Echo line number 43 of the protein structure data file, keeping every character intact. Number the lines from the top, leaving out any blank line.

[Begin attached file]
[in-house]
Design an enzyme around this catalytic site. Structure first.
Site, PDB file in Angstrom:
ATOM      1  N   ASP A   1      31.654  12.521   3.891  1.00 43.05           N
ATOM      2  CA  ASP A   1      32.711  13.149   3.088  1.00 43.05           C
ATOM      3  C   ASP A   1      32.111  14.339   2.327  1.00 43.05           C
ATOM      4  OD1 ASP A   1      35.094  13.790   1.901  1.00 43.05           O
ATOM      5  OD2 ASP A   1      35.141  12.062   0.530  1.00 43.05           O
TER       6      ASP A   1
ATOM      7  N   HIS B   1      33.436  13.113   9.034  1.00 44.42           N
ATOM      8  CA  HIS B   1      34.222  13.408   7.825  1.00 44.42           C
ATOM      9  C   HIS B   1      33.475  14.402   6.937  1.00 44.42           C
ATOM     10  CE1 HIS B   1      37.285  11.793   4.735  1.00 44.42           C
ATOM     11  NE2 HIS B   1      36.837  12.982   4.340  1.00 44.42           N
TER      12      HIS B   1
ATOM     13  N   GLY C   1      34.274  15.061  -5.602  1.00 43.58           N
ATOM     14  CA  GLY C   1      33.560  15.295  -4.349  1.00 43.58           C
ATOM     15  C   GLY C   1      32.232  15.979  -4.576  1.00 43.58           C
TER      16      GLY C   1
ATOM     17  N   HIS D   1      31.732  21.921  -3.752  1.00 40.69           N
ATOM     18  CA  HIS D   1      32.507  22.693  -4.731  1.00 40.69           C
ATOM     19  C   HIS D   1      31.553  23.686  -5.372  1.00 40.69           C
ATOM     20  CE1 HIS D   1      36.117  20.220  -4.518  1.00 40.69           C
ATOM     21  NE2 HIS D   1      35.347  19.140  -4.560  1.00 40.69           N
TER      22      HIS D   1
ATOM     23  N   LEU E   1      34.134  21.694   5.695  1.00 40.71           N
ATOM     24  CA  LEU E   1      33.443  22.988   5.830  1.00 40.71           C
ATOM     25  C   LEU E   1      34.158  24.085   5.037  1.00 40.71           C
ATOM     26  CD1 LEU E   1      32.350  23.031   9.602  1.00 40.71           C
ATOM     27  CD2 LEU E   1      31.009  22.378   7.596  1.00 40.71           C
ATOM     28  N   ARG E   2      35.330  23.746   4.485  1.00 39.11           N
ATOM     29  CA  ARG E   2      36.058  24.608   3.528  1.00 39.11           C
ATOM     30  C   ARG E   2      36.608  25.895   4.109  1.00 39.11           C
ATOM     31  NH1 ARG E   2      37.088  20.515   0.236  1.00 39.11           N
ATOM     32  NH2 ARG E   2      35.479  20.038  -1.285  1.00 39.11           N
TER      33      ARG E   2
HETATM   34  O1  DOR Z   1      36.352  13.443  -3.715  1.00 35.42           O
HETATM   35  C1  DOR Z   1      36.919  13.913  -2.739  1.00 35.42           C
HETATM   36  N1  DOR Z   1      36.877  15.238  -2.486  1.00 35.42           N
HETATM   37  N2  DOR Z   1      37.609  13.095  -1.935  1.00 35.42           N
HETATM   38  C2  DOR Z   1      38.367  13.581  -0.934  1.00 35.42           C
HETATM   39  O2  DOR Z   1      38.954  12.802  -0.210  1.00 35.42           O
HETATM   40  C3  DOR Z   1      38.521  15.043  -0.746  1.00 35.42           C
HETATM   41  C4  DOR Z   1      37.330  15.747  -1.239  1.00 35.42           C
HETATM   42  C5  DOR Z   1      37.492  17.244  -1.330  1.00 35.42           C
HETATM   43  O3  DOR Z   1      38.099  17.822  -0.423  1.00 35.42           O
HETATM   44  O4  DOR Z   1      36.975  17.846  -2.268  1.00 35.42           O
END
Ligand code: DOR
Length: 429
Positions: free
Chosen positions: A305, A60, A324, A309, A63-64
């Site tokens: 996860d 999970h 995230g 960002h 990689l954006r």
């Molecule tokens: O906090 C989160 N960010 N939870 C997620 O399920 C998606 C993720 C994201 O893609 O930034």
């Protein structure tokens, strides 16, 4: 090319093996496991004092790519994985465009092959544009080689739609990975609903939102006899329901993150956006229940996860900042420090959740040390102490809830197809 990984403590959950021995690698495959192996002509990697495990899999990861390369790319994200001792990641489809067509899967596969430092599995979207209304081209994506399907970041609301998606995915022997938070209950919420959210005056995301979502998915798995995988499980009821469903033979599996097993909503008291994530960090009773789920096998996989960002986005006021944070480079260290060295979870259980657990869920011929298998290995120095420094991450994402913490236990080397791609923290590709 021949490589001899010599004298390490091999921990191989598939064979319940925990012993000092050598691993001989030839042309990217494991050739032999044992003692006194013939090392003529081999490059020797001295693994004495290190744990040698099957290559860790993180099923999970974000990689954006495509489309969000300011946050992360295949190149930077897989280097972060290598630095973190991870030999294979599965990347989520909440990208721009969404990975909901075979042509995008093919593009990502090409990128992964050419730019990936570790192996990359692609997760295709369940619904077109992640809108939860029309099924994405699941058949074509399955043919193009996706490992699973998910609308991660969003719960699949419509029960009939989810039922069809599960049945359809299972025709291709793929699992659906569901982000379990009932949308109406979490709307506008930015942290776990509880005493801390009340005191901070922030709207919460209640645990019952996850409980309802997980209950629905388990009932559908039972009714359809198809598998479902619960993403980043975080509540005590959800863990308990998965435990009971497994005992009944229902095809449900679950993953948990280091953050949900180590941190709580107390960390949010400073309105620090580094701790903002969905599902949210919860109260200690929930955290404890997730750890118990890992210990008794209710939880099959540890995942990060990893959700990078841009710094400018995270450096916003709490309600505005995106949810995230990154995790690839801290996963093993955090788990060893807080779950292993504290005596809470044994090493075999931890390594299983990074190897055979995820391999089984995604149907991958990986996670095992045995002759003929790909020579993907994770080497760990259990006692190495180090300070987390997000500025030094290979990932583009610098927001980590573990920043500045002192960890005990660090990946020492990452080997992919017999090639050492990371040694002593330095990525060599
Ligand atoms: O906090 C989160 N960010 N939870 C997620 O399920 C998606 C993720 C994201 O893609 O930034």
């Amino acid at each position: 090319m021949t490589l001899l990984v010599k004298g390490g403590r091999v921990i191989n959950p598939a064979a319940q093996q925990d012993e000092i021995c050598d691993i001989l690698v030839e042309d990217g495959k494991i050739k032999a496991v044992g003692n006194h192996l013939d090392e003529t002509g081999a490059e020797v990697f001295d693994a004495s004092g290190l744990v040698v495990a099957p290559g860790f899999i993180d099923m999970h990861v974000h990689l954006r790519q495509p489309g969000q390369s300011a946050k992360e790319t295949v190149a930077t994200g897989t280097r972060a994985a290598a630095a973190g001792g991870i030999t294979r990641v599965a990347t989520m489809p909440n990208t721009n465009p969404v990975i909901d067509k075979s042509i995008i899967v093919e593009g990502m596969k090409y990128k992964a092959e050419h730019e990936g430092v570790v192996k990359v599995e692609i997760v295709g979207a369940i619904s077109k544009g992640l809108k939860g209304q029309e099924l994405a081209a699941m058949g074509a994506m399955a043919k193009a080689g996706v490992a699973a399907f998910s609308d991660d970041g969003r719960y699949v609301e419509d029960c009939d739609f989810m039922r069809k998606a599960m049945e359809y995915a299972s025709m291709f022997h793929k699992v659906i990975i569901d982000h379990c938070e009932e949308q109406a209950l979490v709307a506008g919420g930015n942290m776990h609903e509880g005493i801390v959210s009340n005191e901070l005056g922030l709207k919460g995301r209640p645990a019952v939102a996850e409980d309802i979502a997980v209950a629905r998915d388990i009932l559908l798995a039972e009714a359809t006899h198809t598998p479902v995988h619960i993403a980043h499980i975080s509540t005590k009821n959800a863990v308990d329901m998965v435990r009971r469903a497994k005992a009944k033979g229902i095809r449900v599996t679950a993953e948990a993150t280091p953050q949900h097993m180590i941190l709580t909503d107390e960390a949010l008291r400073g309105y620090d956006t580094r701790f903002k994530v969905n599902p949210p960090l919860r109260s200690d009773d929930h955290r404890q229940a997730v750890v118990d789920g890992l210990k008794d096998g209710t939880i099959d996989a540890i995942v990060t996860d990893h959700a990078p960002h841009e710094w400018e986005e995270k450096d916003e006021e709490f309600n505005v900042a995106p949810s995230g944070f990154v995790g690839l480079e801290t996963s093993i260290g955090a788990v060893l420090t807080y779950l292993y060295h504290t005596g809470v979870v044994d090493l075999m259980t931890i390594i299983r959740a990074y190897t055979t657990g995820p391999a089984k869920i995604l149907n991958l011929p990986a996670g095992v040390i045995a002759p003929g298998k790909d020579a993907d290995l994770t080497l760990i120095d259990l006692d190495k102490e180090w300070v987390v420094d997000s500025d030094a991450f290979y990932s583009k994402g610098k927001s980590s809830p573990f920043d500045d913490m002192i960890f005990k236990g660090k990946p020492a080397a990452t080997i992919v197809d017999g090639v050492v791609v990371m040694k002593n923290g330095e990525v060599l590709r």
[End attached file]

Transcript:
HETATM   40  C3  DOR Z   1      38.521  15.043  -0.746  1.00 35.42           C